The Houston Astros report for spring training next week. The first spring training game is on Saturday, February 23rd. And yet the Astros still do not have a radio broadcast team.
Brett Dolan and Dave Raymond were dismissed the day after the 2012 season ended. In early October. And the topic as to whether or not their contracts should be renewed had to have been discussed before that. So one would think that Astros management would've put a little thought into their replacements before they fired Dolan and Raymond and that maybe they might have had somebody already lined up for the jobs.
But this is the Houston Astros. And logic no longer seems to apply with the Astros, at least when it comes to the non-baseball aspect of the Astros business.
There are currently two names being floated around to take over the radio play-by-play duties (there's only one name being floated around for the analyst spot, and that's Steve Sparks). Neither of the two names being discussed is that impressive, and neither seems to be the type to garner any excitement from the fan base, or to provide any sense as to just why it was necessary to replace Dolan and Raymond.
The first name, Wayne Hagin, is a longtime veteran, who much like Milo Hamilton, has bounced around from job to job. He was most recently with the New York Mets, and before that he called games for the St. Louis Cardinals, the Colorado Rockies, the San Francisco Giants, and the Oakland A's. The other name is that of Robert Ford who currently hosts the pre- and post-game radio shows for the Kansas City Royals, but who has no major league experience doing play-by-play.
I've never heard Ford, so I can't comment on his style. But hiring a talk show host with only minor league play-by-play experience doesn't fill one with confidence. Both Dolan and Raymond were hired from AAA to handle the Astros, but they'd done some major league games as fill-ins, and they were also paired up with the veteran Hamilton. It also doesn't fill one with confidence that Ford, the rookie, would likely be paired up with Sparks, another rookie who has mainly done studio work for the Astros while doing the occasional TV game when Jim Deshaies wasn't available.
I have heard Hagin call Mets games, and I wasn't really a fan. His play-by-play, to me, seemed too focused on explaining what just happened, after it happened, rather than walking me through the action as it happened. It's a fine distinction, but it bugged me.
But no matter which person is hired, they're being set up for failure, which is neither fair to them, or to those of who have to listen to the games on the radio because of the Astros failure to agree to a deal that will put CSN Houston on Direct TV, Dish, and U-Verse. They're being thrust into a job with little time for preparation. They're not going to be able to settle into homes in Houston because they'll have to report immediately to spring training to start learning the players and prepping for the games. They'll have to build chemistry with the analyst on the fly, and they're going to have to crash-learn the way Astros management wants the job done, which according to Dolan, isn't like most other teams.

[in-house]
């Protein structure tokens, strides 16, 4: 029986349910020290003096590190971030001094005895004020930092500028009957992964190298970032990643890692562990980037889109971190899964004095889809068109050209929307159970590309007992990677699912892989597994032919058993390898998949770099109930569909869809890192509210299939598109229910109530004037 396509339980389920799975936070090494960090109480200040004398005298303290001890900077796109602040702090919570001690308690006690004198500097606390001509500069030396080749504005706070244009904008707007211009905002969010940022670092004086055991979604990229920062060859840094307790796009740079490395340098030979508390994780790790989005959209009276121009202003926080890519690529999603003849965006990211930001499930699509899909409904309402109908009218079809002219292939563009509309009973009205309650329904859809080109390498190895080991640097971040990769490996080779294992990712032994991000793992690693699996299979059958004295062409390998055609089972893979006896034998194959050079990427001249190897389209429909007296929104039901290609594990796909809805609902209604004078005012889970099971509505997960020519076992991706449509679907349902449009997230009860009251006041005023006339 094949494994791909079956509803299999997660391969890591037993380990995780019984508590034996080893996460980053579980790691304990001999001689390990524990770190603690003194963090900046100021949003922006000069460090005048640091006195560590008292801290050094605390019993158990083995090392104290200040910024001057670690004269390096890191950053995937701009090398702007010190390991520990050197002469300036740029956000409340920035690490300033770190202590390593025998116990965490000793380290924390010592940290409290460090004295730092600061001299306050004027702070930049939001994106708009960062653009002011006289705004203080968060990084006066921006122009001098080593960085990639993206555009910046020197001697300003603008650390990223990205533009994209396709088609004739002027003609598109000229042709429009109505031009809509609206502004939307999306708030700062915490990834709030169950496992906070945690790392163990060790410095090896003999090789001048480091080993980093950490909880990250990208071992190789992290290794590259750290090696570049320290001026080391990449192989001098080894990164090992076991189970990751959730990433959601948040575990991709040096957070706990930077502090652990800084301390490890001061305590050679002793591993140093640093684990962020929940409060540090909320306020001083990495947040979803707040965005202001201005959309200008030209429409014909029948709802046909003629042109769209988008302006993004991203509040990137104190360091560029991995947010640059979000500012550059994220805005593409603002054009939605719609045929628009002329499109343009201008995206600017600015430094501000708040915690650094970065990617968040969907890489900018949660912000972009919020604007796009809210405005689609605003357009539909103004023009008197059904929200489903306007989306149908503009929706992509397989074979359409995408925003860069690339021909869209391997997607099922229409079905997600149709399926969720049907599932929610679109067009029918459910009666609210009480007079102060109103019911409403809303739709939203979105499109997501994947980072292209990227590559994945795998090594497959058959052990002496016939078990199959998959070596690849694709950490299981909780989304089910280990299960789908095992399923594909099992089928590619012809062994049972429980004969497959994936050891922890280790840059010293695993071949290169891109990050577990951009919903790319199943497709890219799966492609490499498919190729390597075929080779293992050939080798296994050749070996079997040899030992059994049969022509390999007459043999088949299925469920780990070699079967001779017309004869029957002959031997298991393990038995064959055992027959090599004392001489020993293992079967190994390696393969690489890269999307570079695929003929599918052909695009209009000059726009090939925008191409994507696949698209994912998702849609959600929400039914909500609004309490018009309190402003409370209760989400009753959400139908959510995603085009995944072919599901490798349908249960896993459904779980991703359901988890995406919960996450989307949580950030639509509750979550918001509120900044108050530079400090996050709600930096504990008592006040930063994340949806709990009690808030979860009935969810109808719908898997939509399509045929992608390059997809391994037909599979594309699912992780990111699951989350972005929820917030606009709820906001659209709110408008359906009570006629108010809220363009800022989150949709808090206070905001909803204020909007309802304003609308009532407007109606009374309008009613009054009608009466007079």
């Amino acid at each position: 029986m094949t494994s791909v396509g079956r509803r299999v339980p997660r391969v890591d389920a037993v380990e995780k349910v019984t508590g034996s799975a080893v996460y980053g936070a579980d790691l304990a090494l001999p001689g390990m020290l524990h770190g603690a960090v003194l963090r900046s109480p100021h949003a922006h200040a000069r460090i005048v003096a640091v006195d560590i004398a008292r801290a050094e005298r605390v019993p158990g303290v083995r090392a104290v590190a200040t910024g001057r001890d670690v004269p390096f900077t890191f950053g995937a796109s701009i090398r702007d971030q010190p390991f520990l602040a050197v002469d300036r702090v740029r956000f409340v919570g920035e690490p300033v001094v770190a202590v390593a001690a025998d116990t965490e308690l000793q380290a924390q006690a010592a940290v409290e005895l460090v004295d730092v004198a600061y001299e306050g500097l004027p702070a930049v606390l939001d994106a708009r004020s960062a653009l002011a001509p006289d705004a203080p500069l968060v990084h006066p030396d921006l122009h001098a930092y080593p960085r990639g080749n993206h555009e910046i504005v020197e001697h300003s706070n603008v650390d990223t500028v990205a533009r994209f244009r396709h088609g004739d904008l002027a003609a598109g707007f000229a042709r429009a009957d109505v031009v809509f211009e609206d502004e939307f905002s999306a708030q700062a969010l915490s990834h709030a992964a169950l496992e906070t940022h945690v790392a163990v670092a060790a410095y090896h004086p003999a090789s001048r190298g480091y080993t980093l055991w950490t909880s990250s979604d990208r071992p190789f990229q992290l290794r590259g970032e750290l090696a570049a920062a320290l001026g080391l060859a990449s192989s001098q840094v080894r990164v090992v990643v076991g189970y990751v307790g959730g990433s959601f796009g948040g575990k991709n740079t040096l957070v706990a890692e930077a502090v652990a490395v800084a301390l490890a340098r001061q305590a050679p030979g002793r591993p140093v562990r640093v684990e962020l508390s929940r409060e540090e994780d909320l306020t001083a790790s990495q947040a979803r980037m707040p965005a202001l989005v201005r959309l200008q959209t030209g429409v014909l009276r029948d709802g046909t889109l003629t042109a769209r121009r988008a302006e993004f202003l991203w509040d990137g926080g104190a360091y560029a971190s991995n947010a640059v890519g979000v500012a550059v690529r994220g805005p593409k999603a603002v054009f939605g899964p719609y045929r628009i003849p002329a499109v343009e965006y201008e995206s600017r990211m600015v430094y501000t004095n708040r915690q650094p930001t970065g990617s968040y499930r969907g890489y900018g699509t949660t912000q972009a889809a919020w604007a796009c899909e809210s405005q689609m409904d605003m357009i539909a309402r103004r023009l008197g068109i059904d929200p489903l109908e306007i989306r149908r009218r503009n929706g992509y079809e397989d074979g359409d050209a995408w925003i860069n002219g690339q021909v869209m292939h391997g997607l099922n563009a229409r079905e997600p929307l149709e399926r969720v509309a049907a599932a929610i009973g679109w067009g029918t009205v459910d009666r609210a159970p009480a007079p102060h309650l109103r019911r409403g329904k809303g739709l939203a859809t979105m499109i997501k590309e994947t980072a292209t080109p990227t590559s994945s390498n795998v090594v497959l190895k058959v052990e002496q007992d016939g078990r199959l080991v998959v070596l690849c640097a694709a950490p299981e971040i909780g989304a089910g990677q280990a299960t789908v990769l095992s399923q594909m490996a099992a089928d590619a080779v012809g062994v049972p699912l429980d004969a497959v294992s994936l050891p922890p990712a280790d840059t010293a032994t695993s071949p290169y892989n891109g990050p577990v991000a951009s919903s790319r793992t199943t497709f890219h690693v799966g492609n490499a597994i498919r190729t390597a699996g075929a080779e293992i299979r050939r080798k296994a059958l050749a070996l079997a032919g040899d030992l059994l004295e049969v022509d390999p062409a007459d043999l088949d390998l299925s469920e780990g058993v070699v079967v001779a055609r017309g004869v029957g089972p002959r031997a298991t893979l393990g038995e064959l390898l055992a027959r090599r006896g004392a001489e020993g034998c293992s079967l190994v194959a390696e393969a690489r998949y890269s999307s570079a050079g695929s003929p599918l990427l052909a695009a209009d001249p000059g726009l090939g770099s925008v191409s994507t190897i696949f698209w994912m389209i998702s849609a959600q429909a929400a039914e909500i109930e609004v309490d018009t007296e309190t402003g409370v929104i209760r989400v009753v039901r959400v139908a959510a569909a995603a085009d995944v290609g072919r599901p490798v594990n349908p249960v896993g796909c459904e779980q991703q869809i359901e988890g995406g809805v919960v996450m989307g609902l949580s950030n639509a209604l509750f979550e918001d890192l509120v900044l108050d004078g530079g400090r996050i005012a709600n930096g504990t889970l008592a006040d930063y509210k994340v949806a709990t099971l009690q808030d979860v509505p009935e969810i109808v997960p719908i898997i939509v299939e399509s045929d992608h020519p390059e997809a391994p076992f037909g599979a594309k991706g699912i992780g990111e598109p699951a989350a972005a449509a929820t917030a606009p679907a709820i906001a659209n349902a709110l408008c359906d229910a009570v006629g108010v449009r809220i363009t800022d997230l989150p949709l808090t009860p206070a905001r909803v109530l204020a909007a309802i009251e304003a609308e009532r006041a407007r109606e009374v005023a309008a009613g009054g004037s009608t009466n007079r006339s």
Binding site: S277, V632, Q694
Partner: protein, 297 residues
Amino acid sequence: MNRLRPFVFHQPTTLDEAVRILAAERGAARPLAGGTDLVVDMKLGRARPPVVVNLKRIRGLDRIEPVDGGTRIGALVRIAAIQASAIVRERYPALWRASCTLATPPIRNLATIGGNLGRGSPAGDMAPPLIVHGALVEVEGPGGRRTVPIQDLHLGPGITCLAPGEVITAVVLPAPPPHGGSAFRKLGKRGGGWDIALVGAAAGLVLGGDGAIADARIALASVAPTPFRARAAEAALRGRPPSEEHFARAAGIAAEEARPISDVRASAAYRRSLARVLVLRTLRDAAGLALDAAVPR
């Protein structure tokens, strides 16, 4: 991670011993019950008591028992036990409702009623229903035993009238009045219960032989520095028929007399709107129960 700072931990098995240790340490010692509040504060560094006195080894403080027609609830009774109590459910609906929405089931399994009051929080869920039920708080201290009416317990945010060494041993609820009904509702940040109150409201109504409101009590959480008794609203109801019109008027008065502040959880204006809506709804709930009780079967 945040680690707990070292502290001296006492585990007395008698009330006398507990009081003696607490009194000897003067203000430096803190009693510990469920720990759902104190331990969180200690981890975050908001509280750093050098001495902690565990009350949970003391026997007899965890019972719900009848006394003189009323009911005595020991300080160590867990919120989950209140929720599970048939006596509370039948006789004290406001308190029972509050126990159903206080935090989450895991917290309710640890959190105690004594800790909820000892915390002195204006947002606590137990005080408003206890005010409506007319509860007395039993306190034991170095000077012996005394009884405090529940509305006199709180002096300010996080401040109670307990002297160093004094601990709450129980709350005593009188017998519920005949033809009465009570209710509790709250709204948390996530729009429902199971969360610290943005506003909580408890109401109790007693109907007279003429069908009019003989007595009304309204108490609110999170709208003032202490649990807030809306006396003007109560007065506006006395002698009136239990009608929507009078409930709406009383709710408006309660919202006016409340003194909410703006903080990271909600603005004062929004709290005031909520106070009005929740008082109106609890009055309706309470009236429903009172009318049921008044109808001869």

Now put all of that together with an Astros business office sorely lacking in knowledge of baseball, and you're looking at a recipe for disaster. Couple all of this with what is looking to be a historically bad baseball team, a new flagship radio station that can't be much heard to the north and west of Houston, and a TV deal keeping a majority of the Houston viewing public from being able to watch the games, and the Astros might just be looking at the loss of any baseball audience for a long time to come.
So the question has to be asked: was dismissing Dolan and Raymond really worth it? Especially if Hagin and/or Ford are the best the Astros could do. Not all of the Astros fans had yet fully embraced Dolan and Raymond, but they deserved a chance to show what they could do without the weight of Hamilton dragging them down. But instead of giving them a chance, the Astros seem hell bent on setting up two more men to fail.
The front office on the baseball side appears to be one of the more insightful, intelligent ones to come through Houston since the days of Bill Wood. Will what Jeff Luhnow and his group are trying work? That's something we won't know for a couple of years, but they have a plan, and that plan promises major dividends. But the folks on the non-baseball side don't really seem to have a plan. It's like they're making it all up on the fly, which is really strange seeing as how Jim Crane had been attempting to purchase a baseball team for several years before buying the Astros.
And in the end, the ones who are going to suffer the most for that lack of a plan are the fans. No TV deal, no radio broadcasters, a reduced radio signal. It's almost like they're deliberately trying to destroy the fan base. But that's not it, because that would mean there was a plan in place. And the Astros don't think far enough to even consider plans, much less make them.
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